There are a list of questions on what to ask when PE comes knocking outlined in my book, Private Equity in Gastroenterology.

Berry: Why do people bring up the PPM debacle of the 1990s when talking about PE in medicine?

Suthrum: In the 1990s, physician practice management companies (PPMs) followed a similar model as private equity of today and blew up billions of dollars. Nearly all PPMs imploded. In the end, doctors were scrambling to rebuild their practices. It’s important to understand the PPM debacle of the 90s to avoid making similar mistakes again.

PPMs aimed to consolidate fragmented medical practices. They brought in fresh capital and management talent. They also added ancillaries and negotiated better contracts with insurance companies. Many of them were listed on Wall Street. Doctors were given stock in the PPMs and everyone waited for the big pay day when a company would IPO.

However, in their rush to consolidate, PPMs overpaid for medical practices. They also charged hefty management fees (15% to 20% of net income). They underestimated the complexity of running a medical practice business and turning profit. If that wasn’t enough, they used confusing accounting practices to show the market that their companies were more profitable than they actually were. Eventually, they struggled to execute on their business plans. PPM stocks tanked. Money was pulled out of the market. When doctors started leaving, they were sued by the PPMs. Attorneys and consultants stepped in to help doctors rebuild their lives for a post-PPM era.

Private equity companies argue that their strategy today is different, and they have access to newer technology tools that didn’t exist in the 1990s. However, time will reveal if indeed the history of PPMs helped us make more prudent decisions.

Berry: How are deals usually valued?

Suthrum: PE uses a measure called EBITDA to value medical practices. Think of EBITDA as a measure of profitability. PE firms use a multiple of EBITDA to arrive at valuation.

When computing EBITDA, physician compensation is usually adjusted to market rates, while adding back one-time and discretionary expenses. Doing so results in what’s referred to as “normalized” EBITDA. A firm then determines a multiple of EBITDA to value a medical practice. What that multiple is depends on a variety of factors from competition to regional factors.

Berry: What is the one thing about PE a GI may not know that they should?

Suthrum: Here’s one factor that hardly gets discussed. PE is valuing GI practices based on future physician productivity. To determine that future productivity, PE valuations are extrapolating the past. Such an assumption means that GI as an industry will continue to function in a way that’s similar to the past 5 to 10 years, relying on screening colonoscopy-led revenues. However, as we know there’s plenty of disruption coming to gastroenterology from liquid biopsy for cancer screening to technology companies offering GI digital health services.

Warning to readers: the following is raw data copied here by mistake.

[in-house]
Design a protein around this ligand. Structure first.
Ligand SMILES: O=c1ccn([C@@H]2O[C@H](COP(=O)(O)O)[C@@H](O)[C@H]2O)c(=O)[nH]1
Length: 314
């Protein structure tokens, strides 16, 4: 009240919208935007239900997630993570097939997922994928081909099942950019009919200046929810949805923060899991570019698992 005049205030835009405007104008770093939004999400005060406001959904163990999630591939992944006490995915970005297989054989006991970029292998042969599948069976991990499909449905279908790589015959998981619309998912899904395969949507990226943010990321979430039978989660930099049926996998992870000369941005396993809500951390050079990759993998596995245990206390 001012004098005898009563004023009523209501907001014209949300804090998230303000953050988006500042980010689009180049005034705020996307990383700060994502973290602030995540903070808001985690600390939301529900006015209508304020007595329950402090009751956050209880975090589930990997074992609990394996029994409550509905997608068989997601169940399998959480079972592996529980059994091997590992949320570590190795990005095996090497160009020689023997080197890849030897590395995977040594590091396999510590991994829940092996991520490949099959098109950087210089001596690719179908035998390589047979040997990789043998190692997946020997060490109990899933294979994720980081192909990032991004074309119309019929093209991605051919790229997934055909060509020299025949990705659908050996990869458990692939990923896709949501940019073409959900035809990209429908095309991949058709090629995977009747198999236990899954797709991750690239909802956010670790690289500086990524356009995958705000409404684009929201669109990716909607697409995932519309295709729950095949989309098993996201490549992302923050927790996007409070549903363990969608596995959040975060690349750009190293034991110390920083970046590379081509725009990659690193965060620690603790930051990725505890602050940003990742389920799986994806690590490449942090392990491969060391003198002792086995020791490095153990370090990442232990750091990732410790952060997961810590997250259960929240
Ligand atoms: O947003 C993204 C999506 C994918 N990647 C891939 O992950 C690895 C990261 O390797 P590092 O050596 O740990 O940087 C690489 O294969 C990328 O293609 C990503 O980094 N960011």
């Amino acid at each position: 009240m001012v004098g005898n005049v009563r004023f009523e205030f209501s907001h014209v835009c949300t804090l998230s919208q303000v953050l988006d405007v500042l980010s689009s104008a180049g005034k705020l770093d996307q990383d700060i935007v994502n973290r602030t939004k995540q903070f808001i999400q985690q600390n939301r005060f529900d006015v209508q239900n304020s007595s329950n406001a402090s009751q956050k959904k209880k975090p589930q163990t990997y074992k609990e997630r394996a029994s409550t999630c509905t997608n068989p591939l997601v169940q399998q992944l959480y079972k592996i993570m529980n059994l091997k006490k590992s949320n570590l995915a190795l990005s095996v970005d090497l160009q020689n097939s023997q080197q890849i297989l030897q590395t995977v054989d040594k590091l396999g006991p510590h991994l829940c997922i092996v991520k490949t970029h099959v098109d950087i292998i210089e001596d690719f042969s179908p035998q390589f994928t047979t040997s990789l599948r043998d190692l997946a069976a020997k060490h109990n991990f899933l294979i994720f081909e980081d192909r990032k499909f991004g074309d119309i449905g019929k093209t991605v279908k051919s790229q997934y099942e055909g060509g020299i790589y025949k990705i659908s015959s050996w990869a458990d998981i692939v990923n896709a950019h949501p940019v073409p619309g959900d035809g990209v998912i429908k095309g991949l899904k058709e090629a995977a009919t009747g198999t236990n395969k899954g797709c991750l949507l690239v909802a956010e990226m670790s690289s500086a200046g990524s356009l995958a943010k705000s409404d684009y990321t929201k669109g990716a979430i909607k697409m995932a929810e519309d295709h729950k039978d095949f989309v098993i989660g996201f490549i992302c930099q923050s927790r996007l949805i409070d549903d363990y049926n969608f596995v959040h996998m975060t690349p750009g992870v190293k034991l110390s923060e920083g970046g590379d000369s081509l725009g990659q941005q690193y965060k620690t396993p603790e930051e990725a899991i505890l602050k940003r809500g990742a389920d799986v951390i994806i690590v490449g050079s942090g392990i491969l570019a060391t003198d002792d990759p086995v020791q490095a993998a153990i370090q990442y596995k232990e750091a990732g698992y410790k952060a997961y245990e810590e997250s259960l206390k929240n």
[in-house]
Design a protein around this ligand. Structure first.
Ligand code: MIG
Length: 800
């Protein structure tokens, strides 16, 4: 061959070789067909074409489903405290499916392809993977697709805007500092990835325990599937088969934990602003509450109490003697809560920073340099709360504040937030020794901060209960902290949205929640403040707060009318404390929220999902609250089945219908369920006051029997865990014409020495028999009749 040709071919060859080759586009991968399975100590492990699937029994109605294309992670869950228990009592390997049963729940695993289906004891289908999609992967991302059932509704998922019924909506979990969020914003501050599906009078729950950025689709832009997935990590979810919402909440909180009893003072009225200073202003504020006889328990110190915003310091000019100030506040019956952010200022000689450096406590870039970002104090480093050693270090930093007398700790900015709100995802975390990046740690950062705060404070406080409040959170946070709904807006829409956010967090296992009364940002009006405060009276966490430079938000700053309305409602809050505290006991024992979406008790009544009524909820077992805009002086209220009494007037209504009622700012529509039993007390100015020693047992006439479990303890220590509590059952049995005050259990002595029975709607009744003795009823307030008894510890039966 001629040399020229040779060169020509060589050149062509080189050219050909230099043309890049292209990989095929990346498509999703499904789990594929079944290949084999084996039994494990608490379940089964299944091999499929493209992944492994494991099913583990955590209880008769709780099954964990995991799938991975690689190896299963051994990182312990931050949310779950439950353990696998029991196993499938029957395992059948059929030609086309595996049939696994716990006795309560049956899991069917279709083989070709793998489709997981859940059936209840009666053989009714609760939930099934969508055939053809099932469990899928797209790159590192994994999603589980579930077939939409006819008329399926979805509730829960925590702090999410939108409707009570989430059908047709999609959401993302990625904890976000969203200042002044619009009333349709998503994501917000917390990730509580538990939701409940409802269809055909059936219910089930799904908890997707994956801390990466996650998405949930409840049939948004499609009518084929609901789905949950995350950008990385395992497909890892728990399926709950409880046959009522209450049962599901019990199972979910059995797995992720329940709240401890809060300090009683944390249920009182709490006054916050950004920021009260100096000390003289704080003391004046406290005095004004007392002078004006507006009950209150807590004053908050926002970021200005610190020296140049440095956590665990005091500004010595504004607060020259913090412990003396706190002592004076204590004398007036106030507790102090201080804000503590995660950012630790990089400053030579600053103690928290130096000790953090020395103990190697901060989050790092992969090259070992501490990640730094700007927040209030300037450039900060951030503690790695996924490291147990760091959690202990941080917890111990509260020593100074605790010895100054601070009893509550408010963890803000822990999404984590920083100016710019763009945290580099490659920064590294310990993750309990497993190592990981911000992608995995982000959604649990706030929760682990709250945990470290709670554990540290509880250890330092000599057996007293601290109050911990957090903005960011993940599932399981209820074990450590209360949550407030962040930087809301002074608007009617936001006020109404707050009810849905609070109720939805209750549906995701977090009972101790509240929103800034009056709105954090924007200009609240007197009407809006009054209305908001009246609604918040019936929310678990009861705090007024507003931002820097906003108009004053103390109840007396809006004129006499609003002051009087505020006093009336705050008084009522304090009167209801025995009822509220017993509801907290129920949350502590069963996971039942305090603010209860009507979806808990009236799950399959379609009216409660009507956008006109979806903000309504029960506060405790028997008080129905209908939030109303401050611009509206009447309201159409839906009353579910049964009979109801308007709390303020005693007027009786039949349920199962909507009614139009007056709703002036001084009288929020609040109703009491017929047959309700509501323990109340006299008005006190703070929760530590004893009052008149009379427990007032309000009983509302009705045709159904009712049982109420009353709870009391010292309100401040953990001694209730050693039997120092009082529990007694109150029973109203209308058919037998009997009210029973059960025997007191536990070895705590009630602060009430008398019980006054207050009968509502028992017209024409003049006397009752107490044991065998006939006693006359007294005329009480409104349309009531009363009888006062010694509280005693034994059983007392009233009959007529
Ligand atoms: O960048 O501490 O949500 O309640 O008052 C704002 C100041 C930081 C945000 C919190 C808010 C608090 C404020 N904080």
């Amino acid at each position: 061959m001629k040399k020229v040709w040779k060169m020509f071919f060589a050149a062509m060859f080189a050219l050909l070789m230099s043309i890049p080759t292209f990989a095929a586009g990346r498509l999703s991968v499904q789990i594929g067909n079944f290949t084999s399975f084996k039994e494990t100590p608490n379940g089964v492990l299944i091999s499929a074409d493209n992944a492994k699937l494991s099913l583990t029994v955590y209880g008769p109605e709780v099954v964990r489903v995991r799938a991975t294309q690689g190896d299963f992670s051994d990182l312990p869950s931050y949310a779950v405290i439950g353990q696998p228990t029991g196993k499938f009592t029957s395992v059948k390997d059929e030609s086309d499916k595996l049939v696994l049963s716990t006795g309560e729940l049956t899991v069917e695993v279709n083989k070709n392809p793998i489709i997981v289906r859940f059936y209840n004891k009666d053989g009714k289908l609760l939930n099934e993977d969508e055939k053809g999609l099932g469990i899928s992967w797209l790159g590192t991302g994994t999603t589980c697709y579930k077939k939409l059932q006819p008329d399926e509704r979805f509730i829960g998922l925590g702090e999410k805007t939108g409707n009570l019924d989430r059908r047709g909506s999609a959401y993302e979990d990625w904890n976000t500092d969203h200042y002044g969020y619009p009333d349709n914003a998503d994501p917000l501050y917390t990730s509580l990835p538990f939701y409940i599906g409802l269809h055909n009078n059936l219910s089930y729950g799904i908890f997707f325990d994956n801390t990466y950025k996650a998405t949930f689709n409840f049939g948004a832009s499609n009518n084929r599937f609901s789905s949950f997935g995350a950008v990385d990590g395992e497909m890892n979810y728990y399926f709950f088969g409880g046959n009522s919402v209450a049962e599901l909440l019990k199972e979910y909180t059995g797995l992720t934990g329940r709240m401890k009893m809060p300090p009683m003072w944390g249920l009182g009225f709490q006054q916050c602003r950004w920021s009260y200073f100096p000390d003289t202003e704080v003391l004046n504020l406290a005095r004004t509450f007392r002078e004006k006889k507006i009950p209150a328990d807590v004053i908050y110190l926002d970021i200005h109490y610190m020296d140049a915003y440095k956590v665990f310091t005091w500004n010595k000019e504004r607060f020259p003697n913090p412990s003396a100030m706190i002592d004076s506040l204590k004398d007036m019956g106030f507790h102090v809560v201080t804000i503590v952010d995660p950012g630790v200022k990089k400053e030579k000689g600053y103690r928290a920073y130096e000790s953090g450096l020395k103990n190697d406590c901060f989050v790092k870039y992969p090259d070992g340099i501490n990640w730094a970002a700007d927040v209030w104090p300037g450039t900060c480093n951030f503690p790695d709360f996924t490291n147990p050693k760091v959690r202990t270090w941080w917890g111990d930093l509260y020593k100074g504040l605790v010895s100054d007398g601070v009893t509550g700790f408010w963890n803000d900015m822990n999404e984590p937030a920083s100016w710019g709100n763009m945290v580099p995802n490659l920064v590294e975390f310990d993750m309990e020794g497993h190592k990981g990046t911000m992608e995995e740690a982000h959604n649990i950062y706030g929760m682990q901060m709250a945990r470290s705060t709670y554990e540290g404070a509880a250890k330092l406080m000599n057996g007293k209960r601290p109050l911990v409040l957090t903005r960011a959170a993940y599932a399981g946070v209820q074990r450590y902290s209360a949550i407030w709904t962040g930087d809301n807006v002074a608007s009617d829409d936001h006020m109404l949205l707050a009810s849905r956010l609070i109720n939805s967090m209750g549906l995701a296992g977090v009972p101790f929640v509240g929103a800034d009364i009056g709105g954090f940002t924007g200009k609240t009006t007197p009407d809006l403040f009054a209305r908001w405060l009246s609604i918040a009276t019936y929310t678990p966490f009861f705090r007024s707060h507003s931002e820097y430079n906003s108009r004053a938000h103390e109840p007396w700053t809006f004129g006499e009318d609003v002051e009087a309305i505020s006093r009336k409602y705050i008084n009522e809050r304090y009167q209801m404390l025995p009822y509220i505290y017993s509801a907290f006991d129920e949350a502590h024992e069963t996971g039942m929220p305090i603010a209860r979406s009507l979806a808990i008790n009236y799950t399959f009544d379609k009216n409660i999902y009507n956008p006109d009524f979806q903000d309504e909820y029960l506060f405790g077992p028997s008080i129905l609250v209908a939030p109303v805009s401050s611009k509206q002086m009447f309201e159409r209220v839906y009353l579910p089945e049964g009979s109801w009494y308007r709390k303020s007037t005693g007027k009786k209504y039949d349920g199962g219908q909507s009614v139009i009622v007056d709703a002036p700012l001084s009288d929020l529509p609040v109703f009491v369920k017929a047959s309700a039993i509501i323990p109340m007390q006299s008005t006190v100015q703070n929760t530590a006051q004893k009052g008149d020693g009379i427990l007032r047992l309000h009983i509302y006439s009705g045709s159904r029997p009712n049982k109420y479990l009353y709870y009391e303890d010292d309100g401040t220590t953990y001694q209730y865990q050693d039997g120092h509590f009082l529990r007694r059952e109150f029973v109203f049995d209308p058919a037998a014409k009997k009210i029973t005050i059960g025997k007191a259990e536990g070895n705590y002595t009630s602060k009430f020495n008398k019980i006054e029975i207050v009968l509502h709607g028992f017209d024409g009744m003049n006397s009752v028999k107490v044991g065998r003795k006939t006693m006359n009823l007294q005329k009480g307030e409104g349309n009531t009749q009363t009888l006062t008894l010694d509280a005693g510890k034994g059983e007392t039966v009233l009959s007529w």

GI practices consider colonoscopy as an asset. However, as Larry Kosinski, MD, MBA, told me in his interview, it’s actually a "significant vulnerability.” If colonoscopy gets disrupted, all associated ancillary income (eg, biopsies from pathology and anesthesia) would also disappear.

The challenge for the PE model is that if their thesis about the future goes wrong, then there’s no clear plan B. Most people are expecting that such a future is not immediate and that it might only be a problem for future PE acquirers. However, industry cycles are becoming shorter because of digitization. Such an assumption poses a significant risk for PE in GI space. Regardless of PE exit horizons, it’s a better industry practice to point the rudder in the right direction. In the future, GI care will move from the realm of physicians to a care team that includes technology such as AI as part of the team. The industry must develop better valuation models considering such a future.

Berry: What do you see as the future of GI in the realm of PE?

Suthrum: Looking over the shoulders of PE in dermatology, I predicted in early 2019 that there would be eight to 12 PE platforms in gastroenterology. As of today, we do have eight PE in GI platforms. There are many deal announcements underway. And we’ll see the market heat up throughout 2021 and 2022.

In my book, Private Equity in Gastroenterology, I had forecasted that we would see a spur of mergers and acquisitions activity around 2021. With Gastro Health on the block for an exit, it’ll be the first time GI will experience what’s called the “second bite of the apple.” It’ll also demonstrate what happens when a PE platform changes hands. We’ll see even more exits from 2023 to 2025. Statistically speaking, there’s a possibility that a PE platform might fail on its investment thesis (we just don’t know which one).

We will also see newer forms of technology-driven PE companies. Considering the risks of existing PE platforms, these newer companies will peg valuations beyond physician compensation. They will be in tune with emerging patient trends for example, in the areas of technology-led disease reversal. These digital health companies (not just private practices) will meet the demand for GI care with a combination of clinicians, a care team and advanced technology. The time to prepare for such a future is today.